The impulse to start the Least Weasel series came about because I wanted broader distribution for my poets, that I don’t really have with the limited edition high end publications. On the one hand, since many bookstores and certain small press distributors can’t deal with chaps—it does close a few doors. But on the other, I think my sensibility as an artist/ designer gives them a certain je ne sais quoi—so my chaps might appeal to someone who doesn’t ordinarily read poetry. I’ve certainly had people stand at my table reading….it is one of the pleasures of going to a book fair, to see people who are not necessarily poetry readers get seduced. (I’m attaching the blurb / course description I wrote a few years ago for a chapbook workshop, which speaks to some of this.)

I’m committed to remaining open with regard to form and content. With the caveat that I’m already pre-selecting / inviting poets who’ve previously written engaged texts. For example, I knew Susan Lander’s work though 248 msg.,a panic picnic which is a series of very tight text-sound-ish tercets, but I was absolutely thrilled to receive and publish 15: A Poetic Engagement with the Chicago Manual of Style. Of course, Sue is brilliant (as are all my least weasels) and I can’t wait for her Franklinstein project. In terms of community, I suppose I am by inclination connected with Naropa and the Poetry Project… but I think these are very open communities. Least Weasel Chapbooks are for anyone who is literate. One’s audience should always be expanding. I wouldn’t imagine any of my poets thinking that they were only meant to be read by certain people.

I’m very much opposed to contests, for my own press; other publishers can do what they want / need to, but I try to be very careful in soliciting work from poets that I want to publish. Having participated in reading manuscripts for a contest for a non-profit press, I would say that that experience—the experience of reading dozens upon dozens of manuscripts in one sitting is itself blunting. I remember thinking: how is it possible that so many poets feel compelled to write about Plato’s cave? By the nature of them, there is too much rejection involved in contests; I think it is mainly destructive & too ego-laden. Poetry doesn’t need that. So, I’d rather fund my publications by other means.

I’m still figuring out the economics of productions and distribution. It is quite expensive initially to buy the cover paper, the polymer plates, and have the text pages printed. Sometimes it seems like my high end work is paying for the chaps. Or that the other work I do (teaching, design work) is. Running a press like this is a bit like being a snake swallowing a very large rat—once you start eating, you cannot back off. Must keep eating, swallowing, moving forward. Maybe digestion will occur? Eventually?

I’m not sure if the landscape or my perception of it has changed more; I tend to think the latter, but maybe there is more of an awareness of the chapbook as a form; the CUNY Chapbook Festival seemed to have started roughly about the same time as I started publishing chaps. I get out to more readings as a result of my publishing more and wanting to keep up on what is out there. It’s one of the many things that I love about being a publisher, that it provides the excuse for hanging with poets and going to readings. I’ve been asked on several occasions by people outside our realm if I feel in competition with other publishers! Which always makes me laugh. I love other publishers—I cannot on my own provide a venue for every poet that I love—and it’s important that all of us work together to promote each other.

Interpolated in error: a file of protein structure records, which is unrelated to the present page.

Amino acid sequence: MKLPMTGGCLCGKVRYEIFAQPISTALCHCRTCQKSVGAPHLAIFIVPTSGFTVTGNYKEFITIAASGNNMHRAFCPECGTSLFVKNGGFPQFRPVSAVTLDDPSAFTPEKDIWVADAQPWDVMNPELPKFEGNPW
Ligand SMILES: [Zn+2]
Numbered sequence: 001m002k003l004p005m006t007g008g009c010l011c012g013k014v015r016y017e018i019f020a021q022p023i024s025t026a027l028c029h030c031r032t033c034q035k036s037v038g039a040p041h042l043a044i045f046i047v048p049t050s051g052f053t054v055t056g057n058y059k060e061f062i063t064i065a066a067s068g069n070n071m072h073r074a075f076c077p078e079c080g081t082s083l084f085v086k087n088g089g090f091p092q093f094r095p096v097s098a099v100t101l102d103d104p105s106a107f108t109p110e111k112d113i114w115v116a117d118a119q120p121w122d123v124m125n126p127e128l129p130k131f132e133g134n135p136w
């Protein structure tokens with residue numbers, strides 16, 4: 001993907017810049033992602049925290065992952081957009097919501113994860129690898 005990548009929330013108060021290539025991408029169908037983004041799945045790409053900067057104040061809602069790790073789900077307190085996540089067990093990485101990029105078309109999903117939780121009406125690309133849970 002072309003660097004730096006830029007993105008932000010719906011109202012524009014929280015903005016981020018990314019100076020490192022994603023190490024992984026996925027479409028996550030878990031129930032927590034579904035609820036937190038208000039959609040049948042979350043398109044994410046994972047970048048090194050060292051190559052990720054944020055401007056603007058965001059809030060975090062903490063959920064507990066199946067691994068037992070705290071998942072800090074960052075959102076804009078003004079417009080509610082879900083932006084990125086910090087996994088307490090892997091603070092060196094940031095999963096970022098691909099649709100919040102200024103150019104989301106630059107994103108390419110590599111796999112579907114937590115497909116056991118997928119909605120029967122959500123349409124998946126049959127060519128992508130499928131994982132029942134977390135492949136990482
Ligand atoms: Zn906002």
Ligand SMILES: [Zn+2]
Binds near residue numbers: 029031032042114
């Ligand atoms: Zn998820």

I think this is a very exciting time for poetry—technology, both new and old, is at our disposal. There is all the retro-joy to be had in letterpress printing as well as computer-mediated work: vispo, video, interactive hypertexts, poetry apps, etc. But ultimately it’s really about human interaction. Poetry is. It can be a quiet verbal exchange in a private reading or a raucous, full-bodied, multi-glossal performance. That hasn’t changed.

Course description for a letterpress intensive taught at The Center for Book Arts:

Before there was Facebook, there was the CHAPBOOK.
THE CHAPBOOK & THE BROADSIDE: letterpress intensive for poets

Before there was Facebook, there was the CHAPBOOK. (Take that, Zuckerberg! just try to sue me for copyright infringement!) And before the chapbook, there was the BROADSIDE—those single printed sheets circulated for a half-penny by peddlers known as chapmen. (A broadside folded twice thus came to be called a chapbook.)

Because Chapbooks and Broadsides are quick and inexpensive to produce, they are a great medium for experimentation & personal expression. And unlike blogs (which are also quick and inexpensive to produce), you can hold them in your hand, caress them, read them on an airplane, hand them out to random strangers on street corners, take them in the bathtub, sleep with them under your pillow, scent them with perfume, and let your cat or dog chew them into little bits.

So why letterpress? In this of post-industrial age of plastic and virtual realities, we all crave the pleasures of the tactile/ the real. What is more satisfying to touch and to look at than a gorgeous inked impression on a zaftig sheet of paper? You know this to be true, what are you waiting for?

In this weekend workshop, you will:
become familiar with the California job case
hand set metal type in a composing stick
lock up a form of type
play with wood type
get your hands dirty
print a run of covers for a chapbook
print a run of your broadside
learn something about the history of design
meet other poets and have lots of fun

Originally Published: April 28th, 2014

Stephanie Young lives in Oakland, California. Her collections of poetry include Telling the Future Off (2005), Picture Palace (2008), and Ursula or University (2013). She edited the anthology Bay Poetics (2006) and is a founding editor of the online anthology/“museum” of Oakland, Deep Oakland. Young and poet Juliana Spahr coedited...